The Female Athlete

I thought it would be interesting to look at a potential grey area in sport, by focusing on the female athletes involvement in sport; comparison to a male, the ‘female athlete triad’ and then the difference in pay or opportunity when they reach elite sport. There are many factors that can affect a females participation in sport and in this blog some areas will be explored. With regards to participation levels, according to official House of Commons statistics, 63% of men were active in sport compared to 58% of women, based on the Active Lives Survey data for year ending May 2017. On this particular document, it also stated that more than half of women who took part in the survey, preferred to do some from of fitness activity, such as; walking or gym sessions, rather than sport specific exercise (Audickas, 2017).

When considering the difference between the two genders in performance, it is key to know that the technical, tactical, social and psychological factors are the same for males and females. The only difference is the physical aspect. This does not mean all women are weaker than men, as this would not be a true statement, however there is research to suggest that females are genetically less physical than males. For example, men tend to have 66% more muscle than a women in the upper body and 50% more muscle in the lower body (Finlay, 2020). The physical aspect alone, is the sole reason there is different events for male and females.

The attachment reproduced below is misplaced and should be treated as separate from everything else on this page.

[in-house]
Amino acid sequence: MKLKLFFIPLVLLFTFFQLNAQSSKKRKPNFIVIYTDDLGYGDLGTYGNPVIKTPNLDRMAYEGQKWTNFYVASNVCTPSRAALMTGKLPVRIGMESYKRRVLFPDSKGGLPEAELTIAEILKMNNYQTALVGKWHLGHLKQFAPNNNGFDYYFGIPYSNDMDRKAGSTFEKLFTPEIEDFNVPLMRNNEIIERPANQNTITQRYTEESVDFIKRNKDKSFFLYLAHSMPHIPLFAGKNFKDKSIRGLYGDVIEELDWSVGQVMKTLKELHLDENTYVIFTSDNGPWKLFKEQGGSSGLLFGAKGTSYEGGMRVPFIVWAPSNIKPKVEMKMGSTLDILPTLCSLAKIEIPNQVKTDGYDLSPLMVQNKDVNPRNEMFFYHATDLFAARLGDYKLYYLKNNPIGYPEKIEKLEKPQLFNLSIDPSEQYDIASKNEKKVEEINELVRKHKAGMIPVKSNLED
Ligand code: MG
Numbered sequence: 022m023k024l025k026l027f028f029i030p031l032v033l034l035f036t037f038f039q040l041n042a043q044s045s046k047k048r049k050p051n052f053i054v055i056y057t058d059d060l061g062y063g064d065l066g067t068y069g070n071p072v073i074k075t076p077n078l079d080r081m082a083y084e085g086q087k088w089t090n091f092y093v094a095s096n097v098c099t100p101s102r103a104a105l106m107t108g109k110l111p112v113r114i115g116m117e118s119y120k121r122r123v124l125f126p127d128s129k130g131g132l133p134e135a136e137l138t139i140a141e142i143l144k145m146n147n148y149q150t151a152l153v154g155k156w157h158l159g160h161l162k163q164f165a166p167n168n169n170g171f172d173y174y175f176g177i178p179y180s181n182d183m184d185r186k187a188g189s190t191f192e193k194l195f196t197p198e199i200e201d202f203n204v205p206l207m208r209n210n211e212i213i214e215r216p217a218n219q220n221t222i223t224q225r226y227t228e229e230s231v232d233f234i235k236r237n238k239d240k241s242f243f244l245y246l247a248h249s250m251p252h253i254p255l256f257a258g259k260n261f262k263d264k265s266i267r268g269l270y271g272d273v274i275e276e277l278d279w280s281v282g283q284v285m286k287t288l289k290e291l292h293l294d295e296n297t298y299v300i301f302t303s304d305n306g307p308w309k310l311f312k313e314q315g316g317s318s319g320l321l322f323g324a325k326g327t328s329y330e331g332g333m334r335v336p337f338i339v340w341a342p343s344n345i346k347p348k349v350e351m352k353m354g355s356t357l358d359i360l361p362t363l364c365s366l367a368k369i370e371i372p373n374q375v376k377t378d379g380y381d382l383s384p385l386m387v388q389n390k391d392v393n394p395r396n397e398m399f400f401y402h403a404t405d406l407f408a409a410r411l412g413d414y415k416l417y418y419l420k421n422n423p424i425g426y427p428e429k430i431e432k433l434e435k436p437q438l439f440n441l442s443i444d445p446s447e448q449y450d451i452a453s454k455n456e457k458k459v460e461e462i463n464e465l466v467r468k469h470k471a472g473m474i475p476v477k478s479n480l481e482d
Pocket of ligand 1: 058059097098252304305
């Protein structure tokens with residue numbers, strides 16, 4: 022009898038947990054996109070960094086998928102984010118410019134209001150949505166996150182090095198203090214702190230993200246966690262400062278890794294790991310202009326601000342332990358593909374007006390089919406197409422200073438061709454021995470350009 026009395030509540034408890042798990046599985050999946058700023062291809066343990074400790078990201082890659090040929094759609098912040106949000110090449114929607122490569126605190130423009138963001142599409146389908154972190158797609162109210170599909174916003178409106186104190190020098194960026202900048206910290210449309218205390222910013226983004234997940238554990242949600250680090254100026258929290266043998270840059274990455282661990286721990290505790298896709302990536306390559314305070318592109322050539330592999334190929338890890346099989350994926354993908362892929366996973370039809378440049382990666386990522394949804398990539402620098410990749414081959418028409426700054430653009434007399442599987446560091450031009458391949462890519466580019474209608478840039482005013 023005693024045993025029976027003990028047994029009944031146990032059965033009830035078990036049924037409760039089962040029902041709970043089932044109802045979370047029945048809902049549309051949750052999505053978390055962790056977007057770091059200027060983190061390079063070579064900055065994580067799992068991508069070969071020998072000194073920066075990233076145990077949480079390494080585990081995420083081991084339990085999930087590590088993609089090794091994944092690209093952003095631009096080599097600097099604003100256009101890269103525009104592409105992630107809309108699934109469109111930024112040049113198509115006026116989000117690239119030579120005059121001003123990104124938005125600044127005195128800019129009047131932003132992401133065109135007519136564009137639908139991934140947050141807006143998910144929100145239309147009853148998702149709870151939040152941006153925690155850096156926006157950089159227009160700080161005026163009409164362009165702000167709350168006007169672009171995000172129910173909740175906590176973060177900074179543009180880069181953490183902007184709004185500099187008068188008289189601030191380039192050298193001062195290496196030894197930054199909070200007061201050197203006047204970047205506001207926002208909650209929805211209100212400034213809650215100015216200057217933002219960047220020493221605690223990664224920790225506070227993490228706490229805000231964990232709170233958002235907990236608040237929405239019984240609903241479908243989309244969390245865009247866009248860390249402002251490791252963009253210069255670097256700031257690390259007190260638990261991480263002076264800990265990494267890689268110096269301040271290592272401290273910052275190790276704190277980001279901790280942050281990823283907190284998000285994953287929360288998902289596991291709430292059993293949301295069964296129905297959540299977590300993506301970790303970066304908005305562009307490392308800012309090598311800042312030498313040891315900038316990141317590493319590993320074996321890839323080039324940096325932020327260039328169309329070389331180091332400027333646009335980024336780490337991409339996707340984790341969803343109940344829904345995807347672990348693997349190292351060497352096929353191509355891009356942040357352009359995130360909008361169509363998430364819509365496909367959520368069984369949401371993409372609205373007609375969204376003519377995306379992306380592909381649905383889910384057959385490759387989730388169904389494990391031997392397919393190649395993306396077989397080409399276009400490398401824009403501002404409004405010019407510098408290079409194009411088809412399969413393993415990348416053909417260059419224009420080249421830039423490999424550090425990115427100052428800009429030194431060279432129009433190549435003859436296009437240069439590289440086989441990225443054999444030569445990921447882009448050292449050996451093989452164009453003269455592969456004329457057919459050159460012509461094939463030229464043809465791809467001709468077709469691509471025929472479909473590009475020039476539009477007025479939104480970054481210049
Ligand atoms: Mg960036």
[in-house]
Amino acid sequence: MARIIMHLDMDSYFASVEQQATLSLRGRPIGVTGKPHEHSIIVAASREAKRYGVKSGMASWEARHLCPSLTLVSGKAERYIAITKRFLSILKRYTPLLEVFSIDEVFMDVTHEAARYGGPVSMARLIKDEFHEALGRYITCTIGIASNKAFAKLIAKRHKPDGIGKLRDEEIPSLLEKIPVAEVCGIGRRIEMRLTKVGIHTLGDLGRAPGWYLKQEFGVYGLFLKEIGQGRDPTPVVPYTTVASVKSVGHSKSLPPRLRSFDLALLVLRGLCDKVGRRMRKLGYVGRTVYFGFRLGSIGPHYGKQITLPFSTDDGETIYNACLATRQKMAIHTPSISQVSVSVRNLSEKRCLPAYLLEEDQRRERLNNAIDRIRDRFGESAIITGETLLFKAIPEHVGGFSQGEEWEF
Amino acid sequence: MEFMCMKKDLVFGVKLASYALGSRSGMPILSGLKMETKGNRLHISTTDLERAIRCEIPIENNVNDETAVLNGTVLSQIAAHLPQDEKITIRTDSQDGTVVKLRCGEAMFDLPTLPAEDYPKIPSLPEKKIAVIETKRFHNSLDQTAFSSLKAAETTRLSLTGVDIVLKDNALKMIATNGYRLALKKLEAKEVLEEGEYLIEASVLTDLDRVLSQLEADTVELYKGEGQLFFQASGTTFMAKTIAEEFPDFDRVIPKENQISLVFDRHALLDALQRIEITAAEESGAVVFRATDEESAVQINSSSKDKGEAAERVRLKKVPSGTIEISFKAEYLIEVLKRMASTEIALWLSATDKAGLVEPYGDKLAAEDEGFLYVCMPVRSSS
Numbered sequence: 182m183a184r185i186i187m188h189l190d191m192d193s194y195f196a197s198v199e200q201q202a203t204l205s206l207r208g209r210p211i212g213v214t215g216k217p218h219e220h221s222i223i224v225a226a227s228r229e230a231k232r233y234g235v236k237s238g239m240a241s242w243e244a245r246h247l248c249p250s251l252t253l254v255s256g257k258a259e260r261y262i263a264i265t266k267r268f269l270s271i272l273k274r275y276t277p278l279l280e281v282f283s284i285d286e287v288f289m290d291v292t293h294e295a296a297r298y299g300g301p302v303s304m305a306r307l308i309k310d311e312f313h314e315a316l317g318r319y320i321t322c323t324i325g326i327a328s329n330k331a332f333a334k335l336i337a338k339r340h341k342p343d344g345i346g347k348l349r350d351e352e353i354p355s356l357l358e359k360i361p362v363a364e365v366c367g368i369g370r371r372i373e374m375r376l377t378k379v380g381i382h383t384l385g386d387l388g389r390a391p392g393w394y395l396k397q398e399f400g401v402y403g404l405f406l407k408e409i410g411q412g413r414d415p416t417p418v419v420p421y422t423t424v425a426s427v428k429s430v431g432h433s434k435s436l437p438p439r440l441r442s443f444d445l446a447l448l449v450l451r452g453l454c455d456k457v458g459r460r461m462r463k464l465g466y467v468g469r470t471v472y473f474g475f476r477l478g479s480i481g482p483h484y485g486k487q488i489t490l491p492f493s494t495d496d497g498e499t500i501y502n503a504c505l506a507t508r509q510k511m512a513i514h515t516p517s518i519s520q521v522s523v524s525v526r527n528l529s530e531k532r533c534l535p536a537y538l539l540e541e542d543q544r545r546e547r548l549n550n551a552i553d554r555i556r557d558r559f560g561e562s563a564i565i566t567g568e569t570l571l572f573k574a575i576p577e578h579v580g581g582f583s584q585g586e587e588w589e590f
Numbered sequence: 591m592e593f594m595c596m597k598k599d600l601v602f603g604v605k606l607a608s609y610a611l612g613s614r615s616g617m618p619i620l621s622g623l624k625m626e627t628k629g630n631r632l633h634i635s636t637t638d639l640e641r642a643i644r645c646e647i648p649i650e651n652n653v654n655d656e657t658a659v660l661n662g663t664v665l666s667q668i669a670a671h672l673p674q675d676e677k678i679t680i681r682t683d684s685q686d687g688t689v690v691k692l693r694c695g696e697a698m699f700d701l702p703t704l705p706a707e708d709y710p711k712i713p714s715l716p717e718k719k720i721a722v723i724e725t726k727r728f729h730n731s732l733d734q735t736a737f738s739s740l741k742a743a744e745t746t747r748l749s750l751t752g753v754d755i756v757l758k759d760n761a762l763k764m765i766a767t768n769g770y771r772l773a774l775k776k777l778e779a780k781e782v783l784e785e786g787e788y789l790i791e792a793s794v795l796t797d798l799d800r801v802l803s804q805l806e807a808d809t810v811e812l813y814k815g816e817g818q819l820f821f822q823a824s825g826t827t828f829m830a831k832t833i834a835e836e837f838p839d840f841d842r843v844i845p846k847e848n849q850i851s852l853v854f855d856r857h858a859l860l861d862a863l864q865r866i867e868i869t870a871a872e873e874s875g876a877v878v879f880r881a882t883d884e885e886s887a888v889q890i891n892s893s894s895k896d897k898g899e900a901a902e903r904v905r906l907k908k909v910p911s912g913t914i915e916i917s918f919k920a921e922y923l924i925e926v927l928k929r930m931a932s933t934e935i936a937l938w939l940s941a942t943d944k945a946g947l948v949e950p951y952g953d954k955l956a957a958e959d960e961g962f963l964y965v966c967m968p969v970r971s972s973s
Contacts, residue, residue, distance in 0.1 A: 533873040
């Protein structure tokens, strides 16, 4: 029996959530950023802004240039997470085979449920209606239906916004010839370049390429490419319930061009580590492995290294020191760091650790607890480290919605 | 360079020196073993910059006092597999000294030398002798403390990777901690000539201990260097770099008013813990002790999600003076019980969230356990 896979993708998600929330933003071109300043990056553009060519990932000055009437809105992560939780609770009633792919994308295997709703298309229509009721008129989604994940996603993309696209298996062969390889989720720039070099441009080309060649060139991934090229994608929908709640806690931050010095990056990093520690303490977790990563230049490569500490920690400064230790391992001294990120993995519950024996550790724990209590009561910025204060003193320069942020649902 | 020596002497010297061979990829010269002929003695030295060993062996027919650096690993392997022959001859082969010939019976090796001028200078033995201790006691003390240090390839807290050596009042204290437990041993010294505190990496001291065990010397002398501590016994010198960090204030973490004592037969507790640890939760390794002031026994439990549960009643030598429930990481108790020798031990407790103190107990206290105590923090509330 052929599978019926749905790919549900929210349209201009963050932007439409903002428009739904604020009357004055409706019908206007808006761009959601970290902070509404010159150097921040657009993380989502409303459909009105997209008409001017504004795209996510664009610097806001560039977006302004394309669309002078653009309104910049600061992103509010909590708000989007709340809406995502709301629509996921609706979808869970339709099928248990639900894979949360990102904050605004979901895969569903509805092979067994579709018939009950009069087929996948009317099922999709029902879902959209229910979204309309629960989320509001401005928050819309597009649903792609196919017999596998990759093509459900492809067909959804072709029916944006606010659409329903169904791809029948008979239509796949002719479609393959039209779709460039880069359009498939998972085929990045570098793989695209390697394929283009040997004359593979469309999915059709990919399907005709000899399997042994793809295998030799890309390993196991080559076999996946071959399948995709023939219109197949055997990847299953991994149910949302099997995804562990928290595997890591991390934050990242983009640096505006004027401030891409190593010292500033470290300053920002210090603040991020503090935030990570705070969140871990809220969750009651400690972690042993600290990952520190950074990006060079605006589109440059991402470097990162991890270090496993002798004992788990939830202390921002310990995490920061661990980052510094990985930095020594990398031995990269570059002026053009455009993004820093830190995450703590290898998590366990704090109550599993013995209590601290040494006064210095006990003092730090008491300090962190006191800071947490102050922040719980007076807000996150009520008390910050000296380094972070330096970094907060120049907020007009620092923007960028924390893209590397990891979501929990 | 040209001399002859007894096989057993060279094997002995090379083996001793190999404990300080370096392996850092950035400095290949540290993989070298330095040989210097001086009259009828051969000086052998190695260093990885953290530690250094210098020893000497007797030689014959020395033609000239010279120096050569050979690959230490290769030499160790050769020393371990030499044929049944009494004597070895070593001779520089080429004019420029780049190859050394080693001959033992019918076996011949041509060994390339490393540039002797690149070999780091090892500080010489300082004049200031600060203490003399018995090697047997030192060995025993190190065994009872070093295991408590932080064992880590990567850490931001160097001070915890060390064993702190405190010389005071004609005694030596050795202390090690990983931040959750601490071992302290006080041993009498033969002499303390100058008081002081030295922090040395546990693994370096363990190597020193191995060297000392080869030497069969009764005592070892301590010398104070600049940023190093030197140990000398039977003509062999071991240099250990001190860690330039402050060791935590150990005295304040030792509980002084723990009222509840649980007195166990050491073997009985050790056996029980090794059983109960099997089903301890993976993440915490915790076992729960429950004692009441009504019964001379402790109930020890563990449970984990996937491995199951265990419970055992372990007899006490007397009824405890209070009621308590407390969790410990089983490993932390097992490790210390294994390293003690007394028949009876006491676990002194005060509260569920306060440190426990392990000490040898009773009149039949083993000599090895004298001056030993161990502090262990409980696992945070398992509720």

(Skraba,2016)

In the table above, it shows a list of male and female world records and then the difference between the scores in a percentage. As stated earlier, there is a clear indication of the physical differences in both the cardiovascular events and then the power events. Research shows that men have larger vital organs than females, meaning a larger amount of oxygenated blood can be distributed around the body, as well as having higher haemoglobin stores, which gets this to muscles quicker and more efficiently (Finlay, 2020).

The Female Athlete Triad (Hoch et al., 2009)

In the diagram above, the ‘female athlete triad’ is a medical condition that is observed in physically active females. The three areas consist of low energy availability, which can be affected by eating disorders or not, menstrual cycle dysfunction, and low bone density. Firstly, an area in which I know can affect females massively is the low energy availability. This comes from a lack of eating and not achieving the necessary calorie intake to be productive each day. Some women, feel an urge to look a certain way in their bodies and this can cause them to take drastic measures in order to do so, in some circumstances, making themselves physically sick to lose weight. Another aspect that links too low energy is fatigue. This interlinks with the menstrual cycle as fatigue can be a common side effect when a woman comes on her period. For those females who suffer from irregular periods, which gets instigated by low oestrogen levels, can lead to lower bone mineral density. This is why conditions like osteoporosis or risk of stress fractures, are often associated with this (Hoch et al., 2009). When considering the sports that this triad occur most frequently in, are those of which females are expected to promote leanness, such as gymnastics and dancing. As a coach or practitioner there is a duty of care to ensure that all athletes in a session are safe and well enough to train, which in some cases women aren’t, leading to each of these sections being kicked into place.